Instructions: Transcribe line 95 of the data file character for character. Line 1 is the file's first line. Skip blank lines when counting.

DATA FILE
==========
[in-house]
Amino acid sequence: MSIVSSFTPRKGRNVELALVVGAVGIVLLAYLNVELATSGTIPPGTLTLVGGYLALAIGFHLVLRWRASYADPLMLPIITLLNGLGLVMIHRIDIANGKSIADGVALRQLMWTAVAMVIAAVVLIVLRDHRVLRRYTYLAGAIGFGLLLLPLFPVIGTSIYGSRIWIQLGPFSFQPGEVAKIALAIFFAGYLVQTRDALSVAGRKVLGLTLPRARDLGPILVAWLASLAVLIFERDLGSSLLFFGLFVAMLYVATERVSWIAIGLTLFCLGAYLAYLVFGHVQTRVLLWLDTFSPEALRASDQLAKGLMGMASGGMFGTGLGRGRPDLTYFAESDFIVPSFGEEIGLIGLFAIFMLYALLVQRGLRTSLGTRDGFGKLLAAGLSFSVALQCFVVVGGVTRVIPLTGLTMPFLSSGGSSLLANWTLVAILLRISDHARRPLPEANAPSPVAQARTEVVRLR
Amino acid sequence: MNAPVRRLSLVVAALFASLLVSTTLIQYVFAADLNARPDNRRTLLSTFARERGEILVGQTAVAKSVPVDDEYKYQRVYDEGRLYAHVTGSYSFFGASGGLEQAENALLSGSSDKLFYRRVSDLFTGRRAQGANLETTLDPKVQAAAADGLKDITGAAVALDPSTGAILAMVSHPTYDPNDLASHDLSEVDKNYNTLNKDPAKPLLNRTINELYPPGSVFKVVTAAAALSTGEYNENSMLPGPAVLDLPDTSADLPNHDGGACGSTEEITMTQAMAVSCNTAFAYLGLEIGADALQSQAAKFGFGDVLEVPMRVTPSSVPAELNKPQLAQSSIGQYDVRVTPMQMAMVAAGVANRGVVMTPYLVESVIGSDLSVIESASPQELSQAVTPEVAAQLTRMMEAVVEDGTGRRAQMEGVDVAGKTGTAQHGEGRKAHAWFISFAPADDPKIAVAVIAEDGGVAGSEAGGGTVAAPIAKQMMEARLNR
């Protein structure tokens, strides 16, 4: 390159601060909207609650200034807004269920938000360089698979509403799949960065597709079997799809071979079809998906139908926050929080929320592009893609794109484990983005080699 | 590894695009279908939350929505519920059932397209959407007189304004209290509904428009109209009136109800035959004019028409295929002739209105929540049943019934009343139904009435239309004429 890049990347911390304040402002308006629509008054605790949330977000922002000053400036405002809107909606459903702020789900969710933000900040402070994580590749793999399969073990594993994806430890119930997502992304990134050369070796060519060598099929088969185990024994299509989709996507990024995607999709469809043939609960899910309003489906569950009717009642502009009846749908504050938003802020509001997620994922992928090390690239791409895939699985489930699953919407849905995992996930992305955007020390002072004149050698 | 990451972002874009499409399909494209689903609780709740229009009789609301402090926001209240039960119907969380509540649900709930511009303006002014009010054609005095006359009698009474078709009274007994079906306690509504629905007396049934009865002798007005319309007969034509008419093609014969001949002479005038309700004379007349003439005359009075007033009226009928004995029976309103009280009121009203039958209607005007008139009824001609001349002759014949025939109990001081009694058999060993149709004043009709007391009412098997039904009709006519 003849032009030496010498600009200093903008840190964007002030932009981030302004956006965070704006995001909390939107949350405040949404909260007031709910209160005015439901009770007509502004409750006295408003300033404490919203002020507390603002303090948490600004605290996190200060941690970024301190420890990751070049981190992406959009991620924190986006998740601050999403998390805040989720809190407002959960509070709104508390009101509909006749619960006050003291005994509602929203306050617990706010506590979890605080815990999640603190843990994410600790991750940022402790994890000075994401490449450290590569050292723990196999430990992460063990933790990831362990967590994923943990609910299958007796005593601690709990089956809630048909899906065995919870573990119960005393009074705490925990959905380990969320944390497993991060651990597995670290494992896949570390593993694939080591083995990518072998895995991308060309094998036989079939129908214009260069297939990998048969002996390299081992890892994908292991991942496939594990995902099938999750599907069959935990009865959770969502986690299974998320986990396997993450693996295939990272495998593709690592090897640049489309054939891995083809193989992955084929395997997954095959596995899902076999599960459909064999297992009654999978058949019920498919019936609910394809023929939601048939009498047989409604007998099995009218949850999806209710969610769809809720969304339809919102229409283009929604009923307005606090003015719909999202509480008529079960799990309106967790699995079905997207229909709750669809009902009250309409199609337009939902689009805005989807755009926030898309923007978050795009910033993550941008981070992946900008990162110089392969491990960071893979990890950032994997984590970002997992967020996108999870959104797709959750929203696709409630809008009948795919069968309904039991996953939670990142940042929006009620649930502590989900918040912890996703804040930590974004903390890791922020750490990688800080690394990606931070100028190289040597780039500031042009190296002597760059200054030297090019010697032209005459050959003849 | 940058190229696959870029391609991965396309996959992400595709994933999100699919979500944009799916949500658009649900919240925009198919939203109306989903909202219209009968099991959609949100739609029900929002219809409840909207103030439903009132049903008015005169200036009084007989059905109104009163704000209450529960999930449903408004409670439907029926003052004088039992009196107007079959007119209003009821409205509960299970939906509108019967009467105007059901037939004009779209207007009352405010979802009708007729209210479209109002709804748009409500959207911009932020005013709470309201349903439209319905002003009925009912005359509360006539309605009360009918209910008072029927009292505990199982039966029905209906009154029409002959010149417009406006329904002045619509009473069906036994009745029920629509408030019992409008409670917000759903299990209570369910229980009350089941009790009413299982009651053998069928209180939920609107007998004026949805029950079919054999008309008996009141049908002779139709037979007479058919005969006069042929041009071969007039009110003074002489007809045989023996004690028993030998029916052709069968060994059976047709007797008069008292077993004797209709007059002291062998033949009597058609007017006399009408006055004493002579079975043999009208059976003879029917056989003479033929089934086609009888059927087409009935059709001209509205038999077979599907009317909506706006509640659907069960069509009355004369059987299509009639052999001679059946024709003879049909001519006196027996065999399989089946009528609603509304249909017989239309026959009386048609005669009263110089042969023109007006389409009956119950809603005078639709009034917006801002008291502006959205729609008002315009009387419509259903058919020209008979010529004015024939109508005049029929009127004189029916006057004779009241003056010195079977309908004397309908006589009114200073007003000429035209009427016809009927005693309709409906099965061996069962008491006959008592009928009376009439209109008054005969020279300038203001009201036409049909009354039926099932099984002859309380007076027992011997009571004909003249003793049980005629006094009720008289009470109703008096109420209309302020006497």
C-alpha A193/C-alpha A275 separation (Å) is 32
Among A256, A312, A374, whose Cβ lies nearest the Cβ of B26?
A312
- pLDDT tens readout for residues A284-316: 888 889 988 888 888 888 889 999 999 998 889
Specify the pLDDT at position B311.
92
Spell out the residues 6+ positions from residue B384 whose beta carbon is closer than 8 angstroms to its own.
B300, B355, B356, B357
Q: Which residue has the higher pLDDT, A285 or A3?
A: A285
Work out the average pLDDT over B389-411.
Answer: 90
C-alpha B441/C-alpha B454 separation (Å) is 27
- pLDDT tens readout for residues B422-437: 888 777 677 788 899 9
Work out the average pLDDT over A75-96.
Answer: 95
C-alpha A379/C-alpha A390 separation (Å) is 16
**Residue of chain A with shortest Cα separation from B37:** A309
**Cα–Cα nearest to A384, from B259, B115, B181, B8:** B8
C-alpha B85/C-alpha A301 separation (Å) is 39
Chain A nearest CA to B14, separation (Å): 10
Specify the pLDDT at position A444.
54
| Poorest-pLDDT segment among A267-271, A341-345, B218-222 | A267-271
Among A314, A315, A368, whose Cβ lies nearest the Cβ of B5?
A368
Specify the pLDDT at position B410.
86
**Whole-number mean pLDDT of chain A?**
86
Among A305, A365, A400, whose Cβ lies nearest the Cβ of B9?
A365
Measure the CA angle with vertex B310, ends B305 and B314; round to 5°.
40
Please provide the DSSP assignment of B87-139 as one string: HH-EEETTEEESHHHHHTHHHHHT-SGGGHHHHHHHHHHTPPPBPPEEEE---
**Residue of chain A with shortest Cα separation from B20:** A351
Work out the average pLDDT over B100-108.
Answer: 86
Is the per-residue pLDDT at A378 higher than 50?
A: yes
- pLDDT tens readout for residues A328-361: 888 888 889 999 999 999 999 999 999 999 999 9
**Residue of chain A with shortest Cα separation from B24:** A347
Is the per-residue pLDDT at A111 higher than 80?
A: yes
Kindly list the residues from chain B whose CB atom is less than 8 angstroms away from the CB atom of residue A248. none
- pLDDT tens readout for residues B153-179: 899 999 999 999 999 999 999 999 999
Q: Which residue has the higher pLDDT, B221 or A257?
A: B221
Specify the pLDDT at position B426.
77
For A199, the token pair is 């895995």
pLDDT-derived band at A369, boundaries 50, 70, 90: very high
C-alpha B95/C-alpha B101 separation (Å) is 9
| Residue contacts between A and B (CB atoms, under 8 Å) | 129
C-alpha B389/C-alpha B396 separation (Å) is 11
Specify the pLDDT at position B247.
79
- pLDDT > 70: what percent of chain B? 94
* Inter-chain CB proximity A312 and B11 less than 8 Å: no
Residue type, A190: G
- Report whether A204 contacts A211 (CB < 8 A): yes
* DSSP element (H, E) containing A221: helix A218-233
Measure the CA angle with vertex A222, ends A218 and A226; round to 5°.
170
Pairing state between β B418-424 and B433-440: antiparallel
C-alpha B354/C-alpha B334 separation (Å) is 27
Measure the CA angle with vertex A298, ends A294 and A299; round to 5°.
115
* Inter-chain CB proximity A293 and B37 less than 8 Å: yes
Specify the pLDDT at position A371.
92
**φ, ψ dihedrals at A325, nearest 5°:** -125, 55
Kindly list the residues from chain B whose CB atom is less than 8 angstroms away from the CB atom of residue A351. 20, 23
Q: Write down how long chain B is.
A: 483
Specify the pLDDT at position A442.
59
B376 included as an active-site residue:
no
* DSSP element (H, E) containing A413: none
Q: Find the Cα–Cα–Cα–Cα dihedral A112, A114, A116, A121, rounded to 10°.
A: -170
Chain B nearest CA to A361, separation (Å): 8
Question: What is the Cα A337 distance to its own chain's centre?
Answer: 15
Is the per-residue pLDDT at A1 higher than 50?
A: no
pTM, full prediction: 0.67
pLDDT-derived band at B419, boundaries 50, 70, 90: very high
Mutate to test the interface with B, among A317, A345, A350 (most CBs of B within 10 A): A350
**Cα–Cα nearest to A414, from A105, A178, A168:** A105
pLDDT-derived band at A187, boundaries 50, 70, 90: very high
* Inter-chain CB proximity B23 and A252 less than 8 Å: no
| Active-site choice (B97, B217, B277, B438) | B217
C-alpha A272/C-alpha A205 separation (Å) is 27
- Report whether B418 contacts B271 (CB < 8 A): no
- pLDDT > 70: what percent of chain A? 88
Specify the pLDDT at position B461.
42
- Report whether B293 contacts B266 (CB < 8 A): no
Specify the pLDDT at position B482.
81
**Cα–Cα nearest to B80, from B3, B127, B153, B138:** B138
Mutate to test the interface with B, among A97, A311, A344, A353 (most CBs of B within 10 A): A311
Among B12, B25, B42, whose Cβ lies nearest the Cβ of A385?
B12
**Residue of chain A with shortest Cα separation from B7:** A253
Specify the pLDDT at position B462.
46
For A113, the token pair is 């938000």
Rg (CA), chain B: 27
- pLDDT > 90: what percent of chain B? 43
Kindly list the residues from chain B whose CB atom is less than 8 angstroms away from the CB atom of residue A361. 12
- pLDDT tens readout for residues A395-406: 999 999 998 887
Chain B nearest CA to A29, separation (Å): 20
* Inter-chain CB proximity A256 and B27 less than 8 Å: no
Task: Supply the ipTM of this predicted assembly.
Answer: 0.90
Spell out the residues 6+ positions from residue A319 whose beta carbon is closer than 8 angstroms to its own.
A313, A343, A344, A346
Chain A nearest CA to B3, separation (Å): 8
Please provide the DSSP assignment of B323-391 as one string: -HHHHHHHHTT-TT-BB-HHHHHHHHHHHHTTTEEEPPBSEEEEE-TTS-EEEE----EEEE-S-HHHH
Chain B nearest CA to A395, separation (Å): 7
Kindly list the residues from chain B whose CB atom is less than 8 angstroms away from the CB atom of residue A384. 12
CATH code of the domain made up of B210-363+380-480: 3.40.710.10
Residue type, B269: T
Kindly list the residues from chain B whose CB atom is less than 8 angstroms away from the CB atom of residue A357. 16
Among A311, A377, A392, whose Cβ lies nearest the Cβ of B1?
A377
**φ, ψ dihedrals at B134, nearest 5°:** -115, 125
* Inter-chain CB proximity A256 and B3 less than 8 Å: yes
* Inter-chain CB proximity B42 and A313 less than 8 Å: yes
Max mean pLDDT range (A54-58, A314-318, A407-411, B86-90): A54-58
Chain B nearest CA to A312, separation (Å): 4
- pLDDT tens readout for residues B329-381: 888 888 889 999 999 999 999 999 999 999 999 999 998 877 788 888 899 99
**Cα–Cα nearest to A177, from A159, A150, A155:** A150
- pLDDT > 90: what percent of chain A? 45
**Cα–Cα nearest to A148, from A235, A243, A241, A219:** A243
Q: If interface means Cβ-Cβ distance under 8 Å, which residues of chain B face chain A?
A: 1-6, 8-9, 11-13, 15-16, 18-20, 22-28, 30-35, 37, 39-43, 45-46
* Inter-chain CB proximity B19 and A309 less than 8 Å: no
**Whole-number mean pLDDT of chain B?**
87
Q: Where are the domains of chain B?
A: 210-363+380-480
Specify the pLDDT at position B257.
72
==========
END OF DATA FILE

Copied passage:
**Cα–Cα nearest to A414, from A105, A178, A168:** A105